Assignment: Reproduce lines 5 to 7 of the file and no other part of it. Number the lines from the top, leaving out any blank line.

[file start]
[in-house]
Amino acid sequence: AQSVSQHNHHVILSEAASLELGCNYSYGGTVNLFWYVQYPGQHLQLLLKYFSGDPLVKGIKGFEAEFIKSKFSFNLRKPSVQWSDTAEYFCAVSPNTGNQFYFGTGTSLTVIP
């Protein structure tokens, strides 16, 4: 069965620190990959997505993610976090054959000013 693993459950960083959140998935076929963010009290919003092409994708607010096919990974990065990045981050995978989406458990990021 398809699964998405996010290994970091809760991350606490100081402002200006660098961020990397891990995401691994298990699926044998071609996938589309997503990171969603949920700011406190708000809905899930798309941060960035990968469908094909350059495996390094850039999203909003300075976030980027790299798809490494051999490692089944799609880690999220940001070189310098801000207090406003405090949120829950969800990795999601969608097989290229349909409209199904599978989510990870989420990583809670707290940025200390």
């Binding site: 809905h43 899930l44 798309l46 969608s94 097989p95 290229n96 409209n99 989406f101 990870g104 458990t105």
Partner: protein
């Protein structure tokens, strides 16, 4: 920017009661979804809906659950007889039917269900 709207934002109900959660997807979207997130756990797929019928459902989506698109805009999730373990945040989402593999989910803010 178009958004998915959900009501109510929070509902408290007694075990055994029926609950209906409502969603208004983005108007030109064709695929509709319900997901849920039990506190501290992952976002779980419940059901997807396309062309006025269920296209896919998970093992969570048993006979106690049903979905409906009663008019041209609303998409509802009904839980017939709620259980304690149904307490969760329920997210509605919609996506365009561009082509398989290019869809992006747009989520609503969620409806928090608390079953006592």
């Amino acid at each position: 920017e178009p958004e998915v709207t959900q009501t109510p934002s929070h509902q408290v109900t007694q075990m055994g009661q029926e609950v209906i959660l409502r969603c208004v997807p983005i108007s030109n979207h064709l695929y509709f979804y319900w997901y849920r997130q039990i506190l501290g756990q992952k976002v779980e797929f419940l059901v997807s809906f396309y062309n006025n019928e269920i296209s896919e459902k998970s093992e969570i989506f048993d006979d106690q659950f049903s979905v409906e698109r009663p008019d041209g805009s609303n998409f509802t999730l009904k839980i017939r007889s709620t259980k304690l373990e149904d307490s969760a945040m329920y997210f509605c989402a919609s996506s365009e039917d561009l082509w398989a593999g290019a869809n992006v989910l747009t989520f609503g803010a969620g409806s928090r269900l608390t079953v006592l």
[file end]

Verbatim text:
Partner: protein
């Protein structure tokens, strides 16, 4: 920017009661979804809906659950007889039917269900 709207934002109900959660997807979207997130756990797929019928459902989506698109805009999730373990945040989402593999989910803010 178009958004998915959900009501109510929070509902408290007694075990055994029926609950209906409502969603208004983005108007030109064709695929509709319900997901849920039990506190501290992952976002779980419940059901997807396309062309006025269920296209896919998970093992969570048993006979106690049903979905409906009663008019041209609303998409509802009904839980017939709620259980304690149904307490969760329920997210509605919609996506365009561009082509398989290019869809992006747009989520609503969620409806928090608390079953006592």
């Amino acid at each position: 920017e178009p958004e998915v709207t959900q009501t109510p934002s929070h509902q408290v109900t007694q075990m055994g009661q029926e609950v209906i959660l409502r969603c208004v997807p983005i108007s030109n979207h064709l695929y509709f979804y319900w997901y849920r997130q039990i506190l501290g756990q992952k976002v779980e797929f419940l059901v997807s809906f396309y062309n006025n019928e269920i296209s896919e459902k998970s093992e969570i989506f048993d006979d106690q659950f049903s979905v409906e698109r009663p008019d041209g805009s609303n998409f509802t999730l009904k839980i017939r007889s709620t259980k304690l373990e149904d307490s969760a945040m329920y997210f509605c989402a919609s996506s365009e039917d561009l082509w398989a593999g290019a869809n992006v989910l747009t989520f609503g803010a969620g409806s928090r269900l608390t079953v006592l």